By the end of the Qing Dynasty, Haining Shadow Play had made its name in Zhejiang Province and Shanghai. At one time there were as many as 600 Shadow Play performers in about 60 troupes, the most distinguished of whom were invited to perform for the emperor.

But Shadow Play, in common with many other facets of Chinese culture, was almost completely destroyed during the cultural revolution. It was at the History of Hangzhou beginning of the 1990s that Shadow Play puppeteer Wang Qiansong summoned the seven surviving Shadow Play craftsmen to help him rebuild the famous Lang Family Troupe.

Founded in 1875 by Lang Achun, during its prime the Lang Family Troupe had several companies, and lanterns bearing the Lang name lit the Shadow Play stage in towns and cities throughout southern China. The last family head of the troupe was fourth-generation puppeteer Lang Zili, who learned the art from his father and grandfather as a child and started performing at the age of 13. Four years later, his grandfather's deemed him qualified to act as troupe head, and Lang Zili lead the troupe to glory when, in the 1950s, he and his company performed for state leaders, including vice premier Chen Yi, in Beijing.

Wang Qiansong was originally an exponent of the folk art of paper cuts. During the cultural revolution he risked his life by concealing Shadow Play props within the wall of his sheepfold, thus saving them from willful destruction. When the national chaos died down, he repaired the puppets and resuscitated this most celebrated of Shadow Play companies. Wang has so far created more than 1,000 leather puppets and restored 300 of the traditional plays in the Lang Family Troupe. It has since toured several metropolises within China and also traveled abroad.

The troupe's prospects are nevertheless grim. Some of the eight folk artists who helped revive it have died, and those still living are in their 80s. The death of one, Lang Zili in a car accident in 2002, struck a heavy blow, as none of his children were versed in the craft. This put paid to the familial aspect of the troupe. In order to save Haining Shadow Play from total extinction, Wang Qiansong went on a tour of schools throughout the nation, giving lectures on this precious facet of Chinese performance culture and encouraging schools to run specialized courses on it.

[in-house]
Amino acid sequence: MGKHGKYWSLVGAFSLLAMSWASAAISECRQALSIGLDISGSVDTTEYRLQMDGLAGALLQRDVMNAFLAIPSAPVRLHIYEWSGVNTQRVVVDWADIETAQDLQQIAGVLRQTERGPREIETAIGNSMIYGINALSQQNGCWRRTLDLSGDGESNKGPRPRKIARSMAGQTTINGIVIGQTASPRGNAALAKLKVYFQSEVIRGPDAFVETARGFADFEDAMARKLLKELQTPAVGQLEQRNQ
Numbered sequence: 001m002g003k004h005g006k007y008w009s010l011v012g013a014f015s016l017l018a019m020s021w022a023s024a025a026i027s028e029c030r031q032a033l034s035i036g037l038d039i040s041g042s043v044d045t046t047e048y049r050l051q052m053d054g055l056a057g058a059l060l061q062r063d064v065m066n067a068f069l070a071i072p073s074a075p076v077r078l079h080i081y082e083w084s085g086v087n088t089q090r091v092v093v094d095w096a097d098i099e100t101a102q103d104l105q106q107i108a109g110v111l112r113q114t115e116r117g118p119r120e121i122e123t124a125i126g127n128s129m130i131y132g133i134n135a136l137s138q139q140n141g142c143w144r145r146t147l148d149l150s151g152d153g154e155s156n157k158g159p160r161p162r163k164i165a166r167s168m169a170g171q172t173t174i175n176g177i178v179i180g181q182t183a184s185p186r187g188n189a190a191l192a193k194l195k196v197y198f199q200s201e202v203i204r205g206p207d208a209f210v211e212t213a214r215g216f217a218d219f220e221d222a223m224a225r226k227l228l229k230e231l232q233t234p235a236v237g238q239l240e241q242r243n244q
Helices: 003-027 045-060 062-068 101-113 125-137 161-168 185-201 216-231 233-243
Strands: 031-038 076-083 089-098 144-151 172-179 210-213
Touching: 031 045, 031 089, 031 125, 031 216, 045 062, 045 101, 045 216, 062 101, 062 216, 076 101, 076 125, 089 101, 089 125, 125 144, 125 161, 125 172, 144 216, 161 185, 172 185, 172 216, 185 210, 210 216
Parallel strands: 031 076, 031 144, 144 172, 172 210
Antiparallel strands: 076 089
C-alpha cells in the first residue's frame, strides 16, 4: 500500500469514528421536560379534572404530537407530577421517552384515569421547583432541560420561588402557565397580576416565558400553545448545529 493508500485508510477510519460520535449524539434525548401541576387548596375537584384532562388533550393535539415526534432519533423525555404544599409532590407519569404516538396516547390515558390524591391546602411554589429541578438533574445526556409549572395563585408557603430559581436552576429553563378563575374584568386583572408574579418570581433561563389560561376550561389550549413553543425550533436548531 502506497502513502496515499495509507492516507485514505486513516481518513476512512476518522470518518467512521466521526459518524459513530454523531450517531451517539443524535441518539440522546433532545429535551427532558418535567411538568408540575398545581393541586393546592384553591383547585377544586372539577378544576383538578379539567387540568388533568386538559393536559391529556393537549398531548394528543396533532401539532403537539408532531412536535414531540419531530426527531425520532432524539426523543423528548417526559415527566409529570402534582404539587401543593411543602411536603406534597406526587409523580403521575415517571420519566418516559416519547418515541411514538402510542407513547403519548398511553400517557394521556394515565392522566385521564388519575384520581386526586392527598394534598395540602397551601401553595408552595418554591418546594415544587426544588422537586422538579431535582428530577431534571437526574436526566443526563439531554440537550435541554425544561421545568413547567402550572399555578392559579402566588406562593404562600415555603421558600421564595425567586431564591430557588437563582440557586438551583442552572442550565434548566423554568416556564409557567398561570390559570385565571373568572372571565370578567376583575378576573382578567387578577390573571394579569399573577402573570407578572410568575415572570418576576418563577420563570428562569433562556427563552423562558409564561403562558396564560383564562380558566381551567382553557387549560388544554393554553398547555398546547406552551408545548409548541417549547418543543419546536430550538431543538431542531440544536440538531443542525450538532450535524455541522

Six Harmonies Pagoda
Now near Six Harnonies Pagoda, a Garden of Chines Ancient Pagodas with more than 100 pagodas and towers in various dynasties has been constructed to display Chines pagida culture integratedly.
Lingyin Temple
The entrance to the Lingyin monastery is lined with hundreds of rock grottos that contain detailed religious rock carvings of the big-bellied "Laughing Buddha."
China Tea Museum
Located in the Longjing (Dragon Well) Village -- a tea growing area south of the West Lake District in Hangzhou, the China Tea Museum was completed and opened to the public in October 1990.
Qiandao Lake
Qiandao Lake is a giant lake with literally 1000 small islands. Many of these islands are developed for tourism. The water is so clean that a major mineral water processing plant...
Putuo Mountain
Zhejiang Province faces the East China Sea and has a long coastline. After watching the Qiantang tide at Hangzhou Bay, we took a speedboat to the Zhoushan Archipelago.